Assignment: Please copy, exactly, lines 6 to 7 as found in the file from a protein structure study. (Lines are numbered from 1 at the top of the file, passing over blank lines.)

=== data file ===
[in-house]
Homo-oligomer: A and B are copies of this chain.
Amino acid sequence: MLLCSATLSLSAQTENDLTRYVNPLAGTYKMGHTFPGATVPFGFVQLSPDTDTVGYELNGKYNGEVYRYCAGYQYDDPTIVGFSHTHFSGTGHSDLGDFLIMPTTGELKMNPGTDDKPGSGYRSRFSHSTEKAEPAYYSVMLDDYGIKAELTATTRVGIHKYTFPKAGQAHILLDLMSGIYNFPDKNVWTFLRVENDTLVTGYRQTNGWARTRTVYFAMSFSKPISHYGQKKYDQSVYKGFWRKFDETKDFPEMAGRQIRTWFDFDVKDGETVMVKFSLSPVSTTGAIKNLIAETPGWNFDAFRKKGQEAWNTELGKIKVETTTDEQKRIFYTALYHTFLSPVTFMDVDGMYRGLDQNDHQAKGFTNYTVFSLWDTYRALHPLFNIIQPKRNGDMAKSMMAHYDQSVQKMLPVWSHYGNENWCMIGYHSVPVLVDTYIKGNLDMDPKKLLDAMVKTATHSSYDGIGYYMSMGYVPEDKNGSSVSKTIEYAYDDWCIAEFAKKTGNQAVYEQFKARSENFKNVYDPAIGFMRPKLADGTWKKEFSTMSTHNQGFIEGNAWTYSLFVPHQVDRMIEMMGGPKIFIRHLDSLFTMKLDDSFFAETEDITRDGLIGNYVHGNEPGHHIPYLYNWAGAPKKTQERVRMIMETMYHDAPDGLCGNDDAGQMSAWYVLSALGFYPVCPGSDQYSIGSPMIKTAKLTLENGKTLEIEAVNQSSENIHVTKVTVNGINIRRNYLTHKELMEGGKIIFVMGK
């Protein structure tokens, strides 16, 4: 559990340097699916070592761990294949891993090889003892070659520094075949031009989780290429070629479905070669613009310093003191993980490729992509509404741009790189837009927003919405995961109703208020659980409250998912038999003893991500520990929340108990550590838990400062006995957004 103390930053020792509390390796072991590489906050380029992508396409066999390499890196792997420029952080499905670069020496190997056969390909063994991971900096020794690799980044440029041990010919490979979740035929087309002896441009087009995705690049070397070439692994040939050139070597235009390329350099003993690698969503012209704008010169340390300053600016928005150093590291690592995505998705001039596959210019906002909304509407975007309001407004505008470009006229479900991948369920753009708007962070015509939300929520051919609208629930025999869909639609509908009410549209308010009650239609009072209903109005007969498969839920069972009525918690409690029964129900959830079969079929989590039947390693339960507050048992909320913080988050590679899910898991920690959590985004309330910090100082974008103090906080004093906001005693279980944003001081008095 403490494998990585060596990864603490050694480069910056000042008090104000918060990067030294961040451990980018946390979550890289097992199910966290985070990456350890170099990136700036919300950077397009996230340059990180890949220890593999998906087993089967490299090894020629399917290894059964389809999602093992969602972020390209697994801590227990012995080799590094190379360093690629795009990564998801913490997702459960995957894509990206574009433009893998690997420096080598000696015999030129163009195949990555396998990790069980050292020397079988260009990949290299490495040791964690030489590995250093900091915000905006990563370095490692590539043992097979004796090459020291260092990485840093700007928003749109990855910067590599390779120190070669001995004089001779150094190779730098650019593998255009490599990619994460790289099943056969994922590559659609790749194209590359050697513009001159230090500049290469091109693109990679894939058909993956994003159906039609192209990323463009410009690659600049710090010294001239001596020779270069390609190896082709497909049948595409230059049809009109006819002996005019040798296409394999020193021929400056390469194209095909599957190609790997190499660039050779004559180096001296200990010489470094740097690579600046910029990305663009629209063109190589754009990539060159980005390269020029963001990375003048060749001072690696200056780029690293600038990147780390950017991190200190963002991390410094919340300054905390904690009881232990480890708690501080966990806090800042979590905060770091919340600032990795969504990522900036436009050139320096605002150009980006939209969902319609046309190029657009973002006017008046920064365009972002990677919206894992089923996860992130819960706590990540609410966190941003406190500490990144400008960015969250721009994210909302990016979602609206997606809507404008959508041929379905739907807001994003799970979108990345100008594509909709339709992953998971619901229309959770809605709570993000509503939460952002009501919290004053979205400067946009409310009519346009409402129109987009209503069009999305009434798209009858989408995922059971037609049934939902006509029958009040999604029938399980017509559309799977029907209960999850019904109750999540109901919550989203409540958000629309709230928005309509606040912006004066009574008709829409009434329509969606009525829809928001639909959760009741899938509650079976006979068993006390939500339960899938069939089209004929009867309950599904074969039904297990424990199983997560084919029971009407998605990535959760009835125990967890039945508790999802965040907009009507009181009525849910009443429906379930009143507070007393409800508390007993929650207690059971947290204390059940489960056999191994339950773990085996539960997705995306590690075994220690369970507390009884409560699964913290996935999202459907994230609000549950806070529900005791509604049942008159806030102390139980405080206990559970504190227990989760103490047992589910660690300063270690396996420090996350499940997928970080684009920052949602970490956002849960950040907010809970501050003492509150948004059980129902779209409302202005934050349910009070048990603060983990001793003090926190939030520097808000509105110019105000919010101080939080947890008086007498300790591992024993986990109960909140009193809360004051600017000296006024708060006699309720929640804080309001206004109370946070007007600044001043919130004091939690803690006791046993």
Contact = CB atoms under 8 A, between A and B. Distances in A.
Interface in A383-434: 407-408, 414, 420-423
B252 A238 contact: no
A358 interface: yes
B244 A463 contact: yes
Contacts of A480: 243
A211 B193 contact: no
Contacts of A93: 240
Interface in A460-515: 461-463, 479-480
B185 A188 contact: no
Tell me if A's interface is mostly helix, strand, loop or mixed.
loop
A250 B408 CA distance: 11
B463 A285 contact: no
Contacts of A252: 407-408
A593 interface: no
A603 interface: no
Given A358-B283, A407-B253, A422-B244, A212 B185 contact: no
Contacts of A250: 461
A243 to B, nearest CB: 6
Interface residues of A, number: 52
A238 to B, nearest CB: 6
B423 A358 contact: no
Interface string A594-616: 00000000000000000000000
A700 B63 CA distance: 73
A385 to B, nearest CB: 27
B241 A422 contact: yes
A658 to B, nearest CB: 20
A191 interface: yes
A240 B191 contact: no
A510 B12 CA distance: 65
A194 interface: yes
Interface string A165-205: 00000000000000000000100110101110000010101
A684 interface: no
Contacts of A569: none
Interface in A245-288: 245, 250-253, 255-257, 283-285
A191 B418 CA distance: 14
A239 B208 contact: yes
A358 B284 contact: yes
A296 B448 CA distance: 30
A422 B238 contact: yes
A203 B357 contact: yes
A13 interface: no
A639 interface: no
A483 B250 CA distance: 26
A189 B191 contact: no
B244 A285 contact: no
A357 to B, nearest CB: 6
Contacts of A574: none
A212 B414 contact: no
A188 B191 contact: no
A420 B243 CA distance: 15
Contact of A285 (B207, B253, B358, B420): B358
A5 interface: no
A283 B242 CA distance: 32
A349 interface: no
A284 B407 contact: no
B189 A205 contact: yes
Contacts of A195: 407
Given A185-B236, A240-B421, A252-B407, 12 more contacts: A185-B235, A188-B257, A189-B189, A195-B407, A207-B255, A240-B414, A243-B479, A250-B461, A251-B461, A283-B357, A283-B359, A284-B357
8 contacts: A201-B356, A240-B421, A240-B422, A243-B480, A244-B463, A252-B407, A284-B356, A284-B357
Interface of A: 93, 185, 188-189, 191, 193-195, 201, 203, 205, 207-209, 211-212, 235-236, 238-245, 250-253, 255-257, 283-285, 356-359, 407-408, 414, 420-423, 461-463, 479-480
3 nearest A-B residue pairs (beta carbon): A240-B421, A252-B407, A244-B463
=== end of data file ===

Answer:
Interface in A383-434: 407-408, 414, 420-423
B252 A238 contact: no